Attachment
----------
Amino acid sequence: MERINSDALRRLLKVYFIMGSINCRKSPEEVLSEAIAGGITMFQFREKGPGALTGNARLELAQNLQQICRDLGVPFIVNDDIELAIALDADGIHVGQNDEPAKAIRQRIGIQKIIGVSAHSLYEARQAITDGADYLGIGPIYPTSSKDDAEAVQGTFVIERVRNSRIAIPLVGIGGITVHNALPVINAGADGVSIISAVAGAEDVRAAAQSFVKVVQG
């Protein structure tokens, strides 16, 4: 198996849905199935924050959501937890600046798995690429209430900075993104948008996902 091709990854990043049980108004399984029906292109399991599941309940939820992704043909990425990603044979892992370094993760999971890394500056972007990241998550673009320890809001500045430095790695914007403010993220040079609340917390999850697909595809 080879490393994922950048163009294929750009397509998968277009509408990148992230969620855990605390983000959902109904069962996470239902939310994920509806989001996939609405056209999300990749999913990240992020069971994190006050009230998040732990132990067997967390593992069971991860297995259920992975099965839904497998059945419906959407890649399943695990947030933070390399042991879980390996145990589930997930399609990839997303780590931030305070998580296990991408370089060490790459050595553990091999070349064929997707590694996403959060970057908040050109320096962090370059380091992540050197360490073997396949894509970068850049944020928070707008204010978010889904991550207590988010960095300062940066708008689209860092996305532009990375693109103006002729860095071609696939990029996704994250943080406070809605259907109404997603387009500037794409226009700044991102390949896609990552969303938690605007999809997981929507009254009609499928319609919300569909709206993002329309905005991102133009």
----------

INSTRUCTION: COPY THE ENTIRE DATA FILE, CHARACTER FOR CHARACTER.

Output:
Amino acid sequence: MERINSDALRRLLKVYFIMGSINCRKSPEEVLSEAIAGGITMFQFREKGPGALTGNARLELAQNLQQICRDLGVPFIVNDDIELAIALDADGIHVGQNDEPAKAIRQRIGIQKIIGVSAHSLYEARQAITDGADYLGIGPIYPTSSKDDAEAVQGTFVIERVRNSRIAIPLVGIGGITVHNALPVINAGADGVSIISAVAGAEDVRAAAQSFVKVVQG
């Protein structure tokens, strides 16, 4: 198996849905199935924050959501937890600046798995690429209430900075993104948008996902 091709990854990043049980108004399984029906292109399991599941309940939820992704043909990425990603044979892992370094993760999971890394500056972007990241998550673009320890809001500045430095790695914007403010993220040079609340917390999850697909595809 080879490393994922950048163009294929750009397509998968277009509408990148992230969620855990605390983000959902109904069962996470239902939310994920509806989001996939609405056209999300990749999913990240992020069971994190006050009230998040732990132990067997967390593992069971991860297995259920992975099965839904497998059945419906959407890649399943695990947030933070390399042991879980390996145990589930997930399609990839997303780590931030305070998580296990991408370089060490790459050595553990091999070349064929997707590694996403959060970057908040050109320096962090370059380091992540050197360490073997396949894509970068850049944020928070707008204010978010889904991550207590988010960095300062940066708008689209860092996305532009990375693109103006002729860095071609696939990029996704994250943080406070809605259907109404997603387009500037794409226009700044991102390949896609990552969303938690605007999809997981929507009254009609499928319609919300569909709206993002329309905005991102133009």